Despite extensive preventive measures implemented in the Powder Creek watershed, runoff of sediment could never be completely controlled. To further address sediment entering the reservoir, protect water quality, and enhance wildlife habitat, in-lake measures were constructed. A two-celled sediment basin was constructed in the upper end of the reservoir. Islands, cove enhancements, scallops (open water areas), shoals, vegetative barriers, fish spawning beds, and selective deepening were employed to protect the lake water quality and enhance habitat.
“The results have been all positive,” Tom Moser said. “We were successful in establishing over 80 percent proper land treatment on 7600 acres and have lake water clarity that averaged five feet in 2004, which was twice our goal.”
Compared to pre-construction estimates of runoff in the Powder Creek watershed, sediment has been reduced by 79 percent, phosphorus by 72 percent, and nitrogen by 67 percent. While monitoring at the lake has focused on sediment and nutrients, the management practices implemented in the watershed also reduce the amounts of other pollutants, such as pesticides and bacteria.
“The water quality of Powder Creek Reservoir is reflective of improved watershed conditions,” said Paul Brakhage. “Phosphorus in the lake has remained low, algae production is minimal, and water clarity continues to be outstanding.”
Since aquatic species respond directly to water quality, the answer to one question may give the final word on how well watershed management has improved water quality: how is the fishing?
The proof of success came during a fishing trip with his sons, Tom Moser said. “We caught over forty 8 inch bluegill.”
A Look to the Future
It has long been recognized that prevention is less costly than remediation. The Powder Creek Reservoir project provides an example of how powerful prevention can be. The reservoir was projected to have a lifespan of 42 years if no sediment reduction measures were implemented in the reservoir’s watershed. With extensive land treatment and sediment reduction measures in place, sediment flow into the reservoir has been significantly reduced. At the current rate of sedimentation, the reservoir has a projected lifespan of over 200 years (beyond the year 2200). It is hard to imagine what northeast Nebraska will look like in 200 years, but the Powder Creek Reservoir may still exist as an unassuming monument to proactive watershed management.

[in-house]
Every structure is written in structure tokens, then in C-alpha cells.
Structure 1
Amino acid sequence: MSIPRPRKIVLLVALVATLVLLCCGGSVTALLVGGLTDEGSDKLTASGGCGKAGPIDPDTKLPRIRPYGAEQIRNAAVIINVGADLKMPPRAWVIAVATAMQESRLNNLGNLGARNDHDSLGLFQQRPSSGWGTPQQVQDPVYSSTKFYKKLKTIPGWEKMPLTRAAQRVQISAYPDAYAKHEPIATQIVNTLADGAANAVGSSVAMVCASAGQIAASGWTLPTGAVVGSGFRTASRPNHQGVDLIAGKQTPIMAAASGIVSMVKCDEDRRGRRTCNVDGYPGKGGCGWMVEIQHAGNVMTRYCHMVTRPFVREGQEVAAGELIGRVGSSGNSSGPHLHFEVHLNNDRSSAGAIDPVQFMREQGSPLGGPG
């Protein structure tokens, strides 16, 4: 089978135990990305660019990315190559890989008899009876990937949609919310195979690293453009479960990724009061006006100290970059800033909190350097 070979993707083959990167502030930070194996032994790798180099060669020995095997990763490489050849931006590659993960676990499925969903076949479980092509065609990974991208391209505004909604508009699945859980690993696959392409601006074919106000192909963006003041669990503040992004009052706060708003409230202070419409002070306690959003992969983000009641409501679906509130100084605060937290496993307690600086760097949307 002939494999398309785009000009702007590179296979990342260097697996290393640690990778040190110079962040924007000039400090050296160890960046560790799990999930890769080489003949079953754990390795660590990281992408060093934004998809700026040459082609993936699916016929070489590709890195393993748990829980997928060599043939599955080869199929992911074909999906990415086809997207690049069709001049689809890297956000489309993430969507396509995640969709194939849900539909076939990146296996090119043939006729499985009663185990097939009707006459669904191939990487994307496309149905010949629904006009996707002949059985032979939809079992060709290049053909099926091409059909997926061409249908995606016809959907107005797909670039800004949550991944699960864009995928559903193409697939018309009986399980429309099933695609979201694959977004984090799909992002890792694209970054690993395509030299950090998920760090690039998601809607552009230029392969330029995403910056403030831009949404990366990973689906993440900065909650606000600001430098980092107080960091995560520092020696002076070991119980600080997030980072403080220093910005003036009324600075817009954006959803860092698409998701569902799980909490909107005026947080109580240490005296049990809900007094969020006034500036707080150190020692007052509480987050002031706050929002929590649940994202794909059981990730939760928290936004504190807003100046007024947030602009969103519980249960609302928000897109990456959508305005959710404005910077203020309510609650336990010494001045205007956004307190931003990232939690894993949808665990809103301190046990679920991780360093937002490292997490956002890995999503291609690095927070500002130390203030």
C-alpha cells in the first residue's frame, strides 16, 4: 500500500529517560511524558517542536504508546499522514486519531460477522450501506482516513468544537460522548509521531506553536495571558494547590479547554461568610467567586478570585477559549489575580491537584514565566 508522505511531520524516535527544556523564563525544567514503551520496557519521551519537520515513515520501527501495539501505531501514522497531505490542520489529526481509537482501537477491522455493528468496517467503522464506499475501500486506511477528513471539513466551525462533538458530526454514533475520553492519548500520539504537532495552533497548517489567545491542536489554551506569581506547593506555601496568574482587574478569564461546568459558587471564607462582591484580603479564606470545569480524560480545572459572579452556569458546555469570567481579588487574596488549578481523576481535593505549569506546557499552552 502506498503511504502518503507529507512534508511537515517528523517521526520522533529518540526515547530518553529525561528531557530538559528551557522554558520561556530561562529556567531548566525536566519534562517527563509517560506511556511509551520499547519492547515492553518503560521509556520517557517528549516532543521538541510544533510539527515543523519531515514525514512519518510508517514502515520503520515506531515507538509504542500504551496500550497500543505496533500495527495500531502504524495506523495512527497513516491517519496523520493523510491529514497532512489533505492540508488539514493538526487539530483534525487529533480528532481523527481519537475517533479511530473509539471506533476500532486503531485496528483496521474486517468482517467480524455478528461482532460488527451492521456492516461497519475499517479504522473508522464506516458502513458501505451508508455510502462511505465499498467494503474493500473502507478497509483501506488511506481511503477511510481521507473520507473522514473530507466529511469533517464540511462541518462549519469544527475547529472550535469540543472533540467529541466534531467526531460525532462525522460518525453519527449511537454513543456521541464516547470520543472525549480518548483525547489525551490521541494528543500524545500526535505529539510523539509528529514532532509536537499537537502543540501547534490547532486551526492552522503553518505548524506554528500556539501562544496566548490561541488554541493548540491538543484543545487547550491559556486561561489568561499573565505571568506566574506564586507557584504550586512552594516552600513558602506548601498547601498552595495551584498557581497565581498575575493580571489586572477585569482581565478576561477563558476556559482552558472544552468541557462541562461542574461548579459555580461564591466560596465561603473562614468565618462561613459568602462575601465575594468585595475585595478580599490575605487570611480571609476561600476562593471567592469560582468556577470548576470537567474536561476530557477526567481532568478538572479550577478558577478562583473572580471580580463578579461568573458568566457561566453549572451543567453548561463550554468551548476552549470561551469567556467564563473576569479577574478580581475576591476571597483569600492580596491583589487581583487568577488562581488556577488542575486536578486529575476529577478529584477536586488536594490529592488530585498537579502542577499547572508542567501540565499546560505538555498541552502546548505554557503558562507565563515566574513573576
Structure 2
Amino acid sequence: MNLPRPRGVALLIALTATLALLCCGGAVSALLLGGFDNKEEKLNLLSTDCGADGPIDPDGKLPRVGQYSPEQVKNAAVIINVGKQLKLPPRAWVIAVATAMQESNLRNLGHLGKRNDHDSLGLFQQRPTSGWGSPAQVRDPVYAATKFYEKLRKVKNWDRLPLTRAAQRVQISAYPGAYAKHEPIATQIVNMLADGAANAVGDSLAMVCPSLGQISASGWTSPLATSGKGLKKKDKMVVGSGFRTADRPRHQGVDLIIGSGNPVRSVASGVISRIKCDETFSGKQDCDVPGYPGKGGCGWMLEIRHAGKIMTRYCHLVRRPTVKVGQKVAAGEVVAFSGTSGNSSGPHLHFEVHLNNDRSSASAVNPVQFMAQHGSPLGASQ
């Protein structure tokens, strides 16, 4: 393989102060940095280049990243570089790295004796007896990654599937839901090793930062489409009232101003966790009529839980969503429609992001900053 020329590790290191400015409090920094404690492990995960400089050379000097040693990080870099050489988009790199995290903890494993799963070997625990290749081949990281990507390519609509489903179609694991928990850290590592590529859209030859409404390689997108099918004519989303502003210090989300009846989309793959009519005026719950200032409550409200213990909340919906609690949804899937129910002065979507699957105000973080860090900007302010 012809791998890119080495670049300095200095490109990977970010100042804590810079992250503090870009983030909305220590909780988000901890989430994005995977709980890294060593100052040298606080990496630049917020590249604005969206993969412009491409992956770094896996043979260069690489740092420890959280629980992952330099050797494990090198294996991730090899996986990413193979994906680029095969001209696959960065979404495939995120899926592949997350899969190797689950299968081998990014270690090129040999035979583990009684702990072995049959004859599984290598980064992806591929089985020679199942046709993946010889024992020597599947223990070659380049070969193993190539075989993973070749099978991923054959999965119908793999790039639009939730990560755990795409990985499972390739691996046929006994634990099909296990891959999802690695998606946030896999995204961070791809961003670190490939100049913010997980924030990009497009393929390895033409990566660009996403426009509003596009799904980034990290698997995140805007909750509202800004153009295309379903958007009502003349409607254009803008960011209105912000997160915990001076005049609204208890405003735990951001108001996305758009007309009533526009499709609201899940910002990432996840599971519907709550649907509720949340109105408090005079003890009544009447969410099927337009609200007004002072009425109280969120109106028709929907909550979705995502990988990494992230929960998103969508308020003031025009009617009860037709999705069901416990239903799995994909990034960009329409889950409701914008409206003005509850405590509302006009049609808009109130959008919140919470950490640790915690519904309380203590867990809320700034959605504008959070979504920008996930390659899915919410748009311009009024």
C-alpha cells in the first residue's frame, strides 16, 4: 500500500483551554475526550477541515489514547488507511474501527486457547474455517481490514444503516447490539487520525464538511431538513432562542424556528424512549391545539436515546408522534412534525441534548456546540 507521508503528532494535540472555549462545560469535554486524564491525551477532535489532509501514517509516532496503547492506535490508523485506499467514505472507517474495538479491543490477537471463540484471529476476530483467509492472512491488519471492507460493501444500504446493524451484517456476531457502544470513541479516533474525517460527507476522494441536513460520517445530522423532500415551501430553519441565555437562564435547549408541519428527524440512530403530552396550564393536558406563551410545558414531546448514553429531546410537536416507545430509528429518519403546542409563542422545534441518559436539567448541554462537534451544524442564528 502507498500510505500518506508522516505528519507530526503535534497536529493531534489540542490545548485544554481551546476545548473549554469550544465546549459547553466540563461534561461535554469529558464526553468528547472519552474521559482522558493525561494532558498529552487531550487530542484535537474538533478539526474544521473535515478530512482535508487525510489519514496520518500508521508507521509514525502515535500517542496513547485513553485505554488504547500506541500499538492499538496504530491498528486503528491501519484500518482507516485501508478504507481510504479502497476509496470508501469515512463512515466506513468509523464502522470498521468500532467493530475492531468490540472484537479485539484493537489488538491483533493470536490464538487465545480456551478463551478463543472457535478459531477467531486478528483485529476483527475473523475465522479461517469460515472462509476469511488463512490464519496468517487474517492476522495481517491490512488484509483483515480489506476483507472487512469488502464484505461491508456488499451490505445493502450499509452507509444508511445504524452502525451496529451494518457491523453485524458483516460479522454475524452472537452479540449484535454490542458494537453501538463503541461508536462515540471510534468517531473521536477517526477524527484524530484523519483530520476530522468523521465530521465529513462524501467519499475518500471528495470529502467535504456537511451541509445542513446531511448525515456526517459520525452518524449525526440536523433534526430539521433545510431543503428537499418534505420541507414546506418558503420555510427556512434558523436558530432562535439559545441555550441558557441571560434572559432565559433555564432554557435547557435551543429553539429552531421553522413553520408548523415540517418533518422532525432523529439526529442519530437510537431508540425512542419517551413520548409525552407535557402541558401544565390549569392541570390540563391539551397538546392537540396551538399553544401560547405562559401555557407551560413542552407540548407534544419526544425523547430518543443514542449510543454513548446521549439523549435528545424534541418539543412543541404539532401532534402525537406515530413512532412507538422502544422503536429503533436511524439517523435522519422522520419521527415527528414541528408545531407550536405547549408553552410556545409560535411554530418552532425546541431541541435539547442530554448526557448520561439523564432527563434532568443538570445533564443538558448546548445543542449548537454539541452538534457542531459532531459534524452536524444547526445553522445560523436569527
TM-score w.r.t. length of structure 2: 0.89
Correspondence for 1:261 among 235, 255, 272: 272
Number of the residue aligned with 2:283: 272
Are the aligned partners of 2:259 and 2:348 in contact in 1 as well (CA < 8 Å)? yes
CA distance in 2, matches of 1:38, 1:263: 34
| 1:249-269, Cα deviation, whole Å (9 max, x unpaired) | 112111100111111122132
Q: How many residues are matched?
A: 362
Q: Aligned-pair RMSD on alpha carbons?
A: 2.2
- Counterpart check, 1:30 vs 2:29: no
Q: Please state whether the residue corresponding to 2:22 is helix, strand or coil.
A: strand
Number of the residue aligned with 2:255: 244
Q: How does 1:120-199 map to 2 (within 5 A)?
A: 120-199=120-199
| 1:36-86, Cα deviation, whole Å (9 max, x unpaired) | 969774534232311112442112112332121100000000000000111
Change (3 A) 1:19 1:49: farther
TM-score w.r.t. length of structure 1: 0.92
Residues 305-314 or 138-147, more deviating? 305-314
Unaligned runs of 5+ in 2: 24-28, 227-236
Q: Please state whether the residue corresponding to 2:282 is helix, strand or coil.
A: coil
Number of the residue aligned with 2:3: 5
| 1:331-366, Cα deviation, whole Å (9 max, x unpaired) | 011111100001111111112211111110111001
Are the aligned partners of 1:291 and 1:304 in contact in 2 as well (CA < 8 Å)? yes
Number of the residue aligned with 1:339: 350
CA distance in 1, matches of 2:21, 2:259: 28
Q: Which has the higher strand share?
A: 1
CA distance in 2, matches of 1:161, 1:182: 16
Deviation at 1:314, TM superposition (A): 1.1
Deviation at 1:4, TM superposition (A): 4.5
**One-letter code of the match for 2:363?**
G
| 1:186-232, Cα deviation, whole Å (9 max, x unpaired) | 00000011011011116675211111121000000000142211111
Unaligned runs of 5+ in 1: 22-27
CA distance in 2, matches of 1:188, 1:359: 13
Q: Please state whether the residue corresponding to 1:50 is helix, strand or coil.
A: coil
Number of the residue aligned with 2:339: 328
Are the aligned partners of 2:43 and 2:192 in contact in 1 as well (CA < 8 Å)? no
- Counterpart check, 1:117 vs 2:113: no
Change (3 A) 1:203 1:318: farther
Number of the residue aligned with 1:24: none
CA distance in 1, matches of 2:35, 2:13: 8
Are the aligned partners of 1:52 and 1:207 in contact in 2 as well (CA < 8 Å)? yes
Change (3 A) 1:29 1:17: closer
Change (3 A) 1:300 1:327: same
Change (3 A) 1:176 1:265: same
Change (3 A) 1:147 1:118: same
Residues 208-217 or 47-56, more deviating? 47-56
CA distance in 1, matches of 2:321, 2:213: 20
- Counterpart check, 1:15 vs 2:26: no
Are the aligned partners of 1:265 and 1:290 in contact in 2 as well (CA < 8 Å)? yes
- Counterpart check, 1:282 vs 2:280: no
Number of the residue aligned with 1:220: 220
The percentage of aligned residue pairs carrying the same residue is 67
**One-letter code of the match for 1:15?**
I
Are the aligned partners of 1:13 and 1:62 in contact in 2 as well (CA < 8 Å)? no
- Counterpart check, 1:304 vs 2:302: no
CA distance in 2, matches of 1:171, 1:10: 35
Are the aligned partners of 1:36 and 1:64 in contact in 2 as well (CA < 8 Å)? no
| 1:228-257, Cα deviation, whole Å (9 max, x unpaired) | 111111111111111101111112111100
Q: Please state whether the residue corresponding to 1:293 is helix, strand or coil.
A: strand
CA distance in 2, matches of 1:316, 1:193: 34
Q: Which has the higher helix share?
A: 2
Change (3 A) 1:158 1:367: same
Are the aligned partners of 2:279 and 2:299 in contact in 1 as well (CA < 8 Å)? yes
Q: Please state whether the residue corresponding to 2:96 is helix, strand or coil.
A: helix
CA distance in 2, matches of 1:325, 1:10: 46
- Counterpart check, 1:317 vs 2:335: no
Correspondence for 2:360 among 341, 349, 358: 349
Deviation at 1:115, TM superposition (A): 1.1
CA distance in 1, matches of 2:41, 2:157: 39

Powder Creek Reservoir Facts
Location: Dixon County, 2.5 miles east and 4.5 miles south of Newcastle, Nebraska
Reservoir size: 107 acres
Watershed size: 7375 acres
Landowner participation rate: 67% (31 of 46)
Project cost: $1,078,990
Project sponsor: Lewis and Clark Natural Resources District
Project partners: USDA Natural Resources Conservation Service, Nebraska Department of Natural Resources, Nebraska Game and Parks Commission, Nebraska Environmental Trust, U.S. Environmental Protection Agency, Nebraska Department of Environmental Quality, Olsson Associates, watershed stakeholders
The Community Based Planning Process
The Department of Environmental Quality and the USDA Natural Resources Conservation Service developed the Community Based Planning Process as a locally driven approach to solving water quality problems. The process utilizes technical experts and watershed residents to develop local solutions to local problems in both urban and rural settings.
By involving local citizens in the development of goals, objectives, applicable management efforts, and the specific cost-share/incentive programs, the potential for success is much greater. The Community Based Planning Process is accomplished through a series of public meetings and interactive sessions between a Technical Advisory Committee and Watershed Advisory Council established for the project area.
For more information about Community Based Planning, contact: Paul Brakhage firstname.lastname@example.org, (402) 471-4224) or Elbert Traylor
email@example.com , (402) 471-2585).
Nebraska Department of Environmental Quality
1200 "N" Street, Suite 400
P.O. Box 98922
Lincoln, Nebraska 68509